The B.C. government proudly announced last month that with the designation of 65,000-acre Snowy Provincial Park on the Canadian/Washington border in the Northeast Cascades, and others in Canada’s Okanogan desert, the Province finally reached its goal of preserving 12 percent of British Columbia, the first Canadian province to attain that mark. The government strove for 12 percent because that was the figure set forth in an international forum in a U.N. report by Norway’s premier, as a goal for developed countries. The report was admittedly not based in science. Parks comprised just 6 percent of B.C. back in 1991. But controversy surrounds interpretation of whether 12 percent should be saved of the total land-base, or of all ecosystems. And there is the concern that the 12 percent figure is arbitrary and ought not be applied to B.C., given its disproportionately high bounty compared with the rest of the world. Southern Alaska, also resource rich, has set aside more than 40 percent of its land, while the lower 48 and nearly every other developed country falls far short of 12 percent.

B.C. Premier Ujjal Dosanjh emphasized that the 12-percent goal is “just a number,” increasing forest industry worries that the government intends to further restrict logging in the province. Dosanjh wants to see as much of the province protected as possible to ensure a sustainable environment and forest industry, and refuses to commit to holding park creation at 12 per cent, a goal set by the province in 1992. According to a report to the Vancouver Sun, a second phase of park creation could begin very soon.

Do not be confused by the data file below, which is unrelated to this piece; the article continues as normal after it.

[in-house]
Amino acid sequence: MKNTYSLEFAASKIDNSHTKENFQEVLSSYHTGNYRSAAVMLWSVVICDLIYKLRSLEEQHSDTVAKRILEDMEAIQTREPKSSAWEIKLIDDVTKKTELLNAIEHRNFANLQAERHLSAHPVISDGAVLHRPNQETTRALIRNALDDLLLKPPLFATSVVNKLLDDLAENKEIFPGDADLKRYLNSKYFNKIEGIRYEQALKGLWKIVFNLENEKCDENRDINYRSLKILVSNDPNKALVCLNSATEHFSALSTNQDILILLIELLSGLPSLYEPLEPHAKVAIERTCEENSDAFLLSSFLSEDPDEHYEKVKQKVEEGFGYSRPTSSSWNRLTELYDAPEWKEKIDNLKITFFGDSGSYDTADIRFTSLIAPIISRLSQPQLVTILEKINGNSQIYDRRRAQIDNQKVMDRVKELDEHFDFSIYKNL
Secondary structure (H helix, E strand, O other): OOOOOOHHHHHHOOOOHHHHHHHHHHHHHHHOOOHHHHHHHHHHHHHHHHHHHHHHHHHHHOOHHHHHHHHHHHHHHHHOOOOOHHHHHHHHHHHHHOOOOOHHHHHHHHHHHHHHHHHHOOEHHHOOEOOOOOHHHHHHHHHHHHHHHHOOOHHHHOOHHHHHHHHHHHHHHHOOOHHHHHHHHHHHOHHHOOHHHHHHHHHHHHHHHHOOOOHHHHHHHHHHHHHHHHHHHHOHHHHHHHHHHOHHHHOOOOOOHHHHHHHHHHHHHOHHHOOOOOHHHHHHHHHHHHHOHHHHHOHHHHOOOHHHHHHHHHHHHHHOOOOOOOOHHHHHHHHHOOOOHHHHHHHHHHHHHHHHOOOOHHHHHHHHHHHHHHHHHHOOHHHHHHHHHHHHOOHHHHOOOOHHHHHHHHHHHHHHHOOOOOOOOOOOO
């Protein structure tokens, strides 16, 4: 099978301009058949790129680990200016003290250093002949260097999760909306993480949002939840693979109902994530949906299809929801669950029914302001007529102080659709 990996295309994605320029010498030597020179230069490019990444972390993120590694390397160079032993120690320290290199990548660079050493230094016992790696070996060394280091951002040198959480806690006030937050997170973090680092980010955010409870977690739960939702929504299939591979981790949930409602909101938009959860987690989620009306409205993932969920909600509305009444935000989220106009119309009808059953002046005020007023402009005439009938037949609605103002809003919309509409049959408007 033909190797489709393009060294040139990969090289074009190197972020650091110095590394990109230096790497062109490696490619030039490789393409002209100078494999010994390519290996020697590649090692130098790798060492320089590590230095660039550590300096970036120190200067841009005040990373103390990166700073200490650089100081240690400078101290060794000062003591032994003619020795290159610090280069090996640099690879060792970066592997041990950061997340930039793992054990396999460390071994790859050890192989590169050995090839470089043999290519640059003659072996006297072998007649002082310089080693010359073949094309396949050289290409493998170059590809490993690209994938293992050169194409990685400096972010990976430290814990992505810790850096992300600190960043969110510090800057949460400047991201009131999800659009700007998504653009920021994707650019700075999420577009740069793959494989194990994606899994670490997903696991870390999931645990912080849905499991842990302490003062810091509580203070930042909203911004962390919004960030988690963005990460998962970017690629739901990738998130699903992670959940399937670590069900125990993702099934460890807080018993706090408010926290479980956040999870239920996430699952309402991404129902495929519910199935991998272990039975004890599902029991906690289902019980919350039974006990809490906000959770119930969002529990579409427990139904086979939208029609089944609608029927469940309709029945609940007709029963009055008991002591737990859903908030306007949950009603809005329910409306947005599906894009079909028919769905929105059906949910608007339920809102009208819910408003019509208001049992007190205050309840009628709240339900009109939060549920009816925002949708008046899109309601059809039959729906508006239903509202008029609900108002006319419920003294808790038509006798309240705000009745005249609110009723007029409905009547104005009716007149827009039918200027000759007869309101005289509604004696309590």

Only about 20 percent of the Stoltmann area is forest and only 10 percent has timber value, according to Chris Player of WCWC. Most of it is mountain and glacier. British Columbia could conceivably preserve much more than 12 percent of the land base and never protect any treed areas. Groups like WCWC are concerned that while the government is protecting mountaintops, it is not preserving the biologically rich lower valleys.

“Most of what is protected is usually unusable forests, of low habitat value,” explains Player.

 

Skiing the Bears Away at Melvin Creek